How I Use It
One of my first assignments for my AP Comp class is an oral essay in the style of "This I Believe." While I try to nudge my students towards more oral-friendly writing, it isn't until they actually try to record their original compositions and hear them played back that they understand that oral and written language can differ. Hearing their words played back to them helps them to realize how some compositions can really sing, while others sound flat.
In my classroom, I've got four computers that students can use to record their essays. From a practical standpoint, only one or maybe two can be used at any given time.The fact that the program is free and can be downloaded on a home computer is a strong selling point; however, I spent about 30 minutes tweaking the Java settings on my own computer before I could actually record anything. Once that was accomplished, the rest of the process flowed smoothly. A less tech-savvy person would probably have been flummoxed by the process.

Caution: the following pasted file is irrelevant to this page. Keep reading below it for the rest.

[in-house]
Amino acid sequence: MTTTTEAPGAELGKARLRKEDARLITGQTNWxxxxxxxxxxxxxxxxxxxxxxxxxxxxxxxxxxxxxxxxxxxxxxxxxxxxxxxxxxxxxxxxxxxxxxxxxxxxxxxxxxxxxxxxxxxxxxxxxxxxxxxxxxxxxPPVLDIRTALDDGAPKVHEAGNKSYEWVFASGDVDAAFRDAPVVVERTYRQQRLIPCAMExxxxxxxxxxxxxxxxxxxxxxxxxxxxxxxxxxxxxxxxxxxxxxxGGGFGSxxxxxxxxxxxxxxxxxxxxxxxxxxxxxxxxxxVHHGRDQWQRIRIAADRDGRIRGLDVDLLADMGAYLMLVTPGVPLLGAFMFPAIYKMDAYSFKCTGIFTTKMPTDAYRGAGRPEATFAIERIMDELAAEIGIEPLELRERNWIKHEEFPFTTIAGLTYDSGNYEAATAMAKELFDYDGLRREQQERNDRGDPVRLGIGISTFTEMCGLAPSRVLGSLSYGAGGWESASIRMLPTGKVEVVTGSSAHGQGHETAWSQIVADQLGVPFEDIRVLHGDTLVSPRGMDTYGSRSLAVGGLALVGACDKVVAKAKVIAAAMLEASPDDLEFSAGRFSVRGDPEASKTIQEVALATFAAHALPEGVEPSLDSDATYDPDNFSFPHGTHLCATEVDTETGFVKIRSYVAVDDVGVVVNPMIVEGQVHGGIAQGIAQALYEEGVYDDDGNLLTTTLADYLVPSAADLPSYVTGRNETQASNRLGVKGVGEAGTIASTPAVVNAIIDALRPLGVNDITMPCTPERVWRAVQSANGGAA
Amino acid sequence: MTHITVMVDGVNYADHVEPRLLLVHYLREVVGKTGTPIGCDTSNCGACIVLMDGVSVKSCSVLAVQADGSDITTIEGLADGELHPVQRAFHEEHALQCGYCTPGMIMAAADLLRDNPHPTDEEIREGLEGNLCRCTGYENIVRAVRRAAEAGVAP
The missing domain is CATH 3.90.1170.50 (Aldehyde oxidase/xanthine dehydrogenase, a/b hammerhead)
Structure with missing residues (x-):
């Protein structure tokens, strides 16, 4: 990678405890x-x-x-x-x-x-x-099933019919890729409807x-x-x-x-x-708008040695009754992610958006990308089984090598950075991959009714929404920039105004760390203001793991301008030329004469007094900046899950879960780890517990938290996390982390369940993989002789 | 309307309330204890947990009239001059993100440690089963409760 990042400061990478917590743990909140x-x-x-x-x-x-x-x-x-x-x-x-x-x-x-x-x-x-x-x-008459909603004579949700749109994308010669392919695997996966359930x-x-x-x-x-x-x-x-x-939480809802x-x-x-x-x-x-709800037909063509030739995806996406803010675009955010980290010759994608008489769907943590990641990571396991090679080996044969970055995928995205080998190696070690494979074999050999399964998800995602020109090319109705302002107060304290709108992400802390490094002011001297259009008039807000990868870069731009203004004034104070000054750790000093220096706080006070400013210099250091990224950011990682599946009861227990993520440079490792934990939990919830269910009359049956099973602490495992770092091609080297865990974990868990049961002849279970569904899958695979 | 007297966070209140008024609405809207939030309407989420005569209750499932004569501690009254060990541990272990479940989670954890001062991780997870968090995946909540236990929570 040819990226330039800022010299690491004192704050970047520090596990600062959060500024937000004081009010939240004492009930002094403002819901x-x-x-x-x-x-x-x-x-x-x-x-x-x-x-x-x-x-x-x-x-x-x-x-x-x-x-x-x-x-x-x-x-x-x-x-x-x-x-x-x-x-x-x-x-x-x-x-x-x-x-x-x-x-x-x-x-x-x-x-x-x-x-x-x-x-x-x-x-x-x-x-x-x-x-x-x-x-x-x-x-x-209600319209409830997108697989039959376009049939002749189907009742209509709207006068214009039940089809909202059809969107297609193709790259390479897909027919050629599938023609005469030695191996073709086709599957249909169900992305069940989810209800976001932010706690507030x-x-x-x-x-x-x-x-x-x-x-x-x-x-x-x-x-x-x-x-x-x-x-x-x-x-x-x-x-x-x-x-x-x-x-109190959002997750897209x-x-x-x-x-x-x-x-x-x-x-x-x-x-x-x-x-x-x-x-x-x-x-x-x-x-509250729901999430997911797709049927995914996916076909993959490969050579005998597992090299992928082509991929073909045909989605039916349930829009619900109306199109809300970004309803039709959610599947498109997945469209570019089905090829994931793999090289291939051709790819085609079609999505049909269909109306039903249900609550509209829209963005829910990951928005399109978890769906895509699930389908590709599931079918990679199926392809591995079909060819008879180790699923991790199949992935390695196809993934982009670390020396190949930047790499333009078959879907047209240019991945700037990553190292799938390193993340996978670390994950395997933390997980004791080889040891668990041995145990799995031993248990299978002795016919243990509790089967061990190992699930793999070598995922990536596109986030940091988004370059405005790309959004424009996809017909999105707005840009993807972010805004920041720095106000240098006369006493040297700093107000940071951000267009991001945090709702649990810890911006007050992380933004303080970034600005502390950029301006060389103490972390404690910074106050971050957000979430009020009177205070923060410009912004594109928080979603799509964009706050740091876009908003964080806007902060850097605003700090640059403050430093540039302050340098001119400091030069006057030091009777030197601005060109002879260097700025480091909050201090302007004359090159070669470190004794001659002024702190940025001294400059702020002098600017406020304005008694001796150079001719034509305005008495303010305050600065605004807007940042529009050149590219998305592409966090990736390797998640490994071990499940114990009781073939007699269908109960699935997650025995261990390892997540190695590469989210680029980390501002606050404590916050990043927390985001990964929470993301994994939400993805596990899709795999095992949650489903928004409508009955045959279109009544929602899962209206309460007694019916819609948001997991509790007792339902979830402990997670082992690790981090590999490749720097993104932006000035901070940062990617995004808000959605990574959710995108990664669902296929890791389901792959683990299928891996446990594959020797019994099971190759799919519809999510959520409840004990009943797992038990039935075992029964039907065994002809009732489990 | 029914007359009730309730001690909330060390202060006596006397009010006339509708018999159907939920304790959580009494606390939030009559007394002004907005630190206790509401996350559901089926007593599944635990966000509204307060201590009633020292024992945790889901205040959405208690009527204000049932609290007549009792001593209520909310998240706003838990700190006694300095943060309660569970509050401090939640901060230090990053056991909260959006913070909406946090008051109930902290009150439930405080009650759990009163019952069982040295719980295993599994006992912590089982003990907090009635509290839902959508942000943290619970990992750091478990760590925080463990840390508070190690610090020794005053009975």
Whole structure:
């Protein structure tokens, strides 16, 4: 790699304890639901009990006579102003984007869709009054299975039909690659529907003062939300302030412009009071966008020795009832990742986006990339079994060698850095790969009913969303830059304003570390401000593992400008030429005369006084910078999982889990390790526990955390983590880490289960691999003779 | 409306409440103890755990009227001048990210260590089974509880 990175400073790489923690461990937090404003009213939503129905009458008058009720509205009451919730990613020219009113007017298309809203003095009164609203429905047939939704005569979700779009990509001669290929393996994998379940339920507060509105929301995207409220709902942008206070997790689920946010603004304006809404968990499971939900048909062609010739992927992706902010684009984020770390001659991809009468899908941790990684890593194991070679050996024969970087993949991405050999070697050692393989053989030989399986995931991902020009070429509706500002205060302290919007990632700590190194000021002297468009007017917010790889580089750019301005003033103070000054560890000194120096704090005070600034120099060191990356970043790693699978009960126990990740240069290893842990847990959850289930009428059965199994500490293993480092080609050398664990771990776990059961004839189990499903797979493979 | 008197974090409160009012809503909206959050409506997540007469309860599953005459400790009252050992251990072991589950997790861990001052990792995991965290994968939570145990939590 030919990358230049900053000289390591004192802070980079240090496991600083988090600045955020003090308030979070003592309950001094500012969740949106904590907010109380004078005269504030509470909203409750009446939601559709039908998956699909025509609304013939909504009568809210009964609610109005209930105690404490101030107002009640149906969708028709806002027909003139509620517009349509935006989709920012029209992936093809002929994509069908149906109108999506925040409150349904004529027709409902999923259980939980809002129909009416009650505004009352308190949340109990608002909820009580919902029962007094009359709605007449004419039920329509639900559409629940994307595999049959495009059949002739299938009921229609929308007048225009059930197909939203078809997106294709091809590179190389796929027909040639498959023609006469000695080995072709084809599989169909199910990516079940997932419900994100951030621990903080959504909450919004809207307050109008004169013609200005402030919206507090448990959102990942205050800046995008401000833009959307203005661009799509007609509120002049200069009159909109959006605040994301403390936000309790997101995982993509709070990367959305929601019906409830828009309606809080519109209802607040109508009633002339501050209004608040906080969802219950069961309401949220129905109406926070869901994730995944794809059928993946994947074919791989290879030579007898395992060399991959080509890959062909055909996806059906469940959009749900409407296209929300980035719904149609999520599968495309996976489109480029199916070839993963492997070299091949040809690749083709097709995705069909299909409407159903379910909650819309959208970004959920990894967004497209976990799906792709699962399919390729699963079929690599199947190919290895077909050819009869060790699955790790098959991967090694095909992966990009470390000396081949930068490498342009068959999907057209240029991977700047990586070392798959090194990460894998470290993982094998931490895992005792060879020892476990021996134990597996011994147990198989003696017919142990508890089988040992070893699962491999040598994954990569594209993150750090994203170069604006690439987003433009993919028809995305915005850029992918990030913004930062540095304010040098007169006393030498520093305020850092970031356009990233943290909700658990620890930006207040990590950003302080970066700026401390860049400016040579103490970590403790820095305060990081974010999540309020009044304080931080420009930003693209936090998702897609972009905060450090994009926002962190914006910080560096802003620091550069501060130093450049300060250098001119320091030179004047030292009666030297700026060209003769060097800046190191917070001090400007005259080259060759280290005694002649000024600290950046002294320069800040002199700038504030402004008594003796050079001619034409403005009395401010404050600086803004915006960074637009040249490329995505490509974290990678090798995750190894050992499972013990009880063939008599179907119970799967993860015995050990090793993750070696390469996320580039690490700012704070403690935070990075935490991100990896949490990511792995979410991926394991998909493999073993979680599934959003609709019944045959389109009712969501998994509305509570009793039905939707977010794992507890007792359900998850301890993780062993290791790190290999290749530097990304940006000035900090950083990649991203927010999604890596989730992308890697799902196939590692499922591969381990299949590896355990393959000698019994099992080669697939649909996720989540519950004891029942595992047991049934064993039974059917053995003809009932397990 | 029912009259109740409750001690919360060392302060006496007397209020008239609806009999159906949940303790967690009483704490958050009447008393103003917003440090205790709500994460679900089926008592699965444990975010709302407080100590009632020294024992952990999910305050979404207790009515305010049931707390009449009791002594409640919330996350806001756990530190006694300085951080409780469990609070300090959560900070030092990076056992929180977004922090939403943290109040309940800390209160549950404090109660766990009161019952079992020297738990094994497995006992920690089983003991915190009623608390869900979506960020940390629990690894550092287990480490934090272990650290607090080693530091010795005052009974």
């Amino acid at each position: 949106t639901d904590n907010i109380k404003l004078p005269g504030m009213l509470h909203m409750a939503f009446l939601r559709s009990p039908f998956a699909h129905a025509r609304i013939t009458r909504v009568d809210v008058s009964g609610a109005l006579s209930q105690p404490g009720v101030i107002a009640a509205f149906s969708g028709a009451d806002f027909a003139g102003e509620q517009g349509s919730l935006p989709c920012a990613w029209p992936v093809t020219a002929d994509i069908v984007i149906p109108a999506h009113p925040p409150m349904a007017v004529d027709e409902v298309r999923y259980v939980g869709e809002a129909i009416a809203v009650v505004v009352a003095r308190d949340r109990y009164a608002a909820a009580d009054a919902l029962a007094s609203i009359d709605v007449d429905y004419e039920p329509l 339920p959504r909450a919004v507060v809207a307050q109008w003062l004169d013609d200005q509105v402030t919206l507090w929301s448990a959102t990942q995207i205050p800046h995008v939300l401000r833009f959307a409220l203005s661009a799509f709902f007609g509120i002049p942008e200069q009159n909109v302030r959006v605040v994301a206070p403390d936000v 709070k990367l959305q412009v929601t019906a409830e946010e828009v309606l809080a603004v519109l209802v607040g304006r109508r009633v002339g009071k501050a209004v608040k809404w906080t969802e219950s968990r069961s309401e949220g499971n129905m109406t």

Google has apps that probably deal with voice recording in a far easier manner. This program, however, allowed my students to record their oral essays on any platform, whether they had a Google account or not. It's easy to use once you get the tech issues out of the way, and it does offer protections for students (you can designate your discussion thread to be 'by invitation only' and limit access). I don't know that I'd use it for much more that as a repository for a particular assignment. Many of the reviews have mentioned tech problems and infrequent updating. If you want to have a mechanism for getting students to record an oral text and submit it to you in a platform-free process, this would work well. Beyond that, I see little classroom application, though it might be interesting for peer editing of essays.